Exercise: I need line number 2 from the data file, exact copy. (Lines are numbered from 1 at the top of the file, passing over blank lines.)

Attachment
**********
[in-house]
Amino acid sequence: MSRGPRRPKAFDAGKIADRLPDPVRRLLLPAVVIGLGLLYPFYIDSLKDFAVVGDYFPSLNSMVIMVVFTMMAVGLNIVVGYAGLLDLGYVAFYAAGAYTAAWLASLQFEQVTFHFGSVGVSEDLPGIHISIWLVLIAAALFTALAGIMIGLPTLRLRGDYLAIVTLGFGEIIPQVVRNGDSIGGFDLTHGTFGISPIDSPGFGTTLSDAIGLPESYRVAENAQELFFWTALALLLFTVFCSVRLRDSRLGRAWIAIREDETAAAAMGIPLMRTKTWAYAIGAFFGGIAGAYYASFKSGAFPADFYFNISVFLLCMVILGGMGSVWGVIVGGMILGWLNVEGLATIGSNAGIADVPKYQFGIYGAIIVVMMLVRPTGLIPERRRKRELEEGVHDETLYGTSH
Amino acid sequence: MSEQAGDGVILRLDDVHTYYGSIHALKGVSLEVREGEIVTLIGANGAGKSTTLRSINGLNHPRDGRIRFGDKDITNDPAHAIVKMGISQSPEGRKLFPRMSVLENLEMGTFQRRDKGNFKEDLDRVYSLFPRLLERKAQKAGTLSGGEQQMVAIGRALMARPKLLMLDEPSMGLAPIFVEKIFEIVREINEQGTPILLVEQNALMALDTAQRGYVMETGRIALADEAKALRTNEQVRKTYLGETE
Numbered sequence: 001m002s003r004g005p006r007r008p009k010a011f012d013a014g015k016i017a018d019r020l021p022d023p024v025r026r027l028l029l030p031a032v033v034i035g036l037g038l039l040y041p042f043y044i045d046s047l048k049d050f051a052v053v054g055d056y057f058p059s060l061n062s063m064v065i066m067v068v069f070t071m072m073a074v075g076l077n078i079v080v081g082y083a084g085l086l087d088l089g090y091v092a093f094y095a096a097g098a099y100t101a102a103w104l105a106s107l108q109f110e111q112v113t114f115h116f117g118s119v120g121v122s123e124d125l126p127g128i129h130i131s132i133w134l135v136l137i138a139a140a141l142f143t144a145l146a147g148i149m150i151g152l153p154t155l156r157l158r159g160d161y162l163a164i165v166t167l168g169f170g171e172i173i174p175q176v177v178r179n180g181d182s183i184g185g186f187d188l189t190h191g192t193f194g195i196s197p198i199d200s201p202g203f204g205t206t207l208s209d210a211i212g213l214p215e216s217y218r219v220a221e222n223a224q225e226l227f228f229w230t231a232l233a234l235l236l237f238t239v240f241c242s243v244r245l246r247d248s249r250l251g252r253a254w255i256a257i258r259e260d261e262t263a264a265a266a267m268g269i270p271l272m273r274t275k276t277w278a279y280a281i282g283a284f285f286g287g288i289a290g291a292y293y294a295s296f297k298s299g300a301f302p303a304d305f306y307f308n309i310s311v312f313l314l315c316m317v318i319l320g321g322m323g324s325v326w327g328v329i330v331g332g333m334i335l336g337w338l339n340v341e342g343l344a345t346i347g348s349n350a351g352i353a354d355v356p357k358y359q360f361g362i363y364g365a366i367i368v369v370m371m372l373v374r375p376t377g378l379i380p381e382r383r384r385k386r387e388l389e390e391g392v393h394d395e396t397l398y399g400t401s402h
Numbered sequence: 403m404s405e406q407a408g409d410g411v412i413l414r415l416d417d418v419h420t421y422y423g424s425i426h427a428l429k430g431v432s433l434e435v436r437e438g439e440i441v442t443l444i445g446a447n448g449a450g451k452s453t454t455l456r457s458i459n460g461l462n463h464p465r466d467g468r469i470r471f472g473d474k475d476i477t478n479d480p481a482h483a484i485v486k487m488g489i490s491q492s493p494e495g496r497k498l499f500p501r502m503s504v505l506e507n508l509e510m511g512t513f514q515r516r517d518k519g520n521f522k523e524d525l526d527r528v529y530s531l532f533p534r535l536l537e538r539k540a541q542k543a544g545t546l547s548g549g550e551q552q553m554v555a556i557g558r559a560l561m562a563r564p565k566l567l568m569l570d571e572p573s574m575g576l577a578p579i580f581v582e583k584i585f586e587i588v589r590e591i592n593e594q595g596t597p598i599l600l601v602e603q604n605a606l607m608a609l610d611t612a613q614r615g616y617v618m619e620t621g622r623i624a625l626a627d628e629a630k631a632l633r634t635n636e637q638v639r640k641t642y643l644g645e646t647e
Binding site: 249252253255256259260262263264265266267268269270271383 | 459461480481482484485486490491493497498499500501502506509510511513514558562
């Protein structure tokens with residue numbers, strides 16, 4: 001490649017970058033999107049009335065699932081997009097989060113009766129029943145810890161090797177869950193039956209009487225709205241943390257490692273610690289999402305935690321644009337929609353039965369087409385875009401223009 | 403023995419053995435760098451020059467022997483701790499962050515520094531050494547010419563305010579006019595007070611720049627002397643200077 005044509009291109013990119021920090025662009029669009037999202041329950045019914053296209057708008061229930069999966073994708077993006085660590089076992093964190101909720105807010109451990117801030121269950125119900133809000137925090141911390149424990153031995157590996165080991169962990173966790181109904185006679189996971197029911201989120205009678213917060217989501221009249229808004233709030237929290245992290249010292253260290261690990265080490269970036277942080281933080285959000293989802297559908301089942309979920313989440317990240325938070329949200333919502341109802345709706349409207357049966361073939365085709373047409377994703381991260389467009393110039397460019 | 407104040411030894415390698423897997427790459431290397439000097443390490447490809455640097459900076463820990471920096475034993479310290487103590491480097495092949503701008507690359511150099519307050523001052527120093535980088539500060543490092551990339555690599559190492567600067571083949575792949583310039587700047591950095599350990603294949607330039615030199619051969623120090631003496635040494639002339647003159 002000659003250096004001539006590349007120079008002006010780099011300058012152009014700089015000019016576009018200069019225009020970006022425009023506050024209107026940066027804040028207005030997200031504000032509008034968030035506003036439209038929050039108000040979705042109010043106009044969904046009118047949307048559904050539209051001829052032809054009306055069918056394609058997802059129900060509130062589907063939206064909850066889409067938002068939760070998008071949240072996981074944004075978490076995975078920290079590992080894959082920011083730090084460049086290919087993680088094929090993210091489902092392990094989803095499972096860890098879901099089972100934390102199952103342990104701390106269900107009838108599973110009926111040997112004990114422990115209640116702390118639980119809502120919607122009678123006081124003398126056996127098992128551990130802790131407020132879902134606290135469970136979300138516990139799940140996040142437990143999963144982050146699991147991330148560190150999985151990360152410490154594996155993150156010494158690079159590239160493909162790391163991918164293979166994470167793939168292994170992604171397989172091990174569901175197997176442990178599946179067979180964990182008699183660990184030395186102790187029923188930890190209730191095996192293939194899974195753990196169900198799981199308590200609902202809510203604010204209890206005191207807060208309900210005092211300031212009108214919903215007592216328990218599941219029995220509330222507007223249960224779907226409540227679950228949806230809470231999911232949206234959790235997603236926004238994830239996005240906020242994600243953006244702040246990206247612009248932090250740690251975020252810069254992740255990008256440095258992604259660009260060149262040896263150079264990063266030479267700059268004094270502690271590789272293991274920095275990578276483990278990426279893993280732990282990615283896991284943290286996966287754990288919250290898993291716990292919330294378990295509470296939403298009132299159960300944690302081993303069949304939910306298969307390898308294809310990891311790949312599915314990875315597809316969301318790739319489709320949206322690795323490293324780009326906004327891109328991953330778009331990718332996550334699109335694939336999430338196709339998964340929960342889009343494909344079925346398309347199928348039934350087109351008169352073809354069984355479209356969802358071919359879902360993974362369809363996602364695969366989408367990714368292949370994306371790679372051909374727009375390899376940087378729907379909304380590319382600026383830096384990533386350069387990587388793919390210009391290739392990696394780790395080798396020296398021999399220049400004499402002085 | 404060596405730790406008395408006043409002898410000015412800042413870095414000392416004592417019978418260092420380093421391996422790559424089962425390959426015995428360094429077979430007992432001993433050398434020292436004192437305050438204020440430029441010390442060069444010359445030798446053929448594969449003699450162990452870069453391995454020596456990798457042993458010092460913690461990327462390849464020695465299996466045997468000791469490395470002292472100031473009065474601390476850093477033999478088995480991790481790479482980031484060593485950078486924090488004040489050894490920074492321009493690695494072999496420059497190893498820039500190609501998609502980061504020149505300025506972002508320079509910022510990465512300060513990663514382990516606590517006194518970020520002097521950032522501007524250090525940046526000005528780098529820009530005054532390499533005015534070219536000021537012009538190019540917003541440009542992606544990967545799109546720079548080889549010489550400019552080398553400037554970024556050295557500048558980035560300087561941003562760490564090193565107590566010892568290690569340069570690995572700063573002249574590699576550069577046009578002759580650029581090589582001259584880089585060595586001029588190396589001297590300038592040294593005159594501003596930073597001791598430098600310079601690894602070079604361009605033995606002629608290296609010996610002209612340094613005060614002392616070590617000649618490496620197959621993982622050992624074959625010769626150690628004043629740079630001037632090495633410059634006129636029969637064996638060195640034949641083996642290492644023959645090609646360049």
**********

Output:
Amino acid sequence: MSRGPRRPKAFDAGKIADRLPDPVRRLLLPAVVIGLGLLYPFYIDSLKDFAVVGDYFPSLNSMVIMVVFTMMAVGLNIVVGYAGLLDLGYVAFYAAGAYTAAWLASLQFEQVTFHFGSVGVSEDLPGIHISIWLVLIAAALFTALAGIMIGLPTLRLRGDYLAIVTLGFGEIIPQVVRNGDSIGGFDLTHGTFGISPIDSPGFGTTLSDAIGLPESYRVAENAQELFFWTALALLLFTVFCSVRLRDSRLGRAWIAIREDETAAAAMGIPLMRTKTWAYAIGAFFGGIAGAYYASFKSGAFPADFYFNISVFLLCMVILGGMGSVWGVIVGGMILGWLNVEGLATIGSNAGIADVPKYQFGIYGAIIVVMMLVRPTGLIPERRRKRELEEGVHDETLYGTSH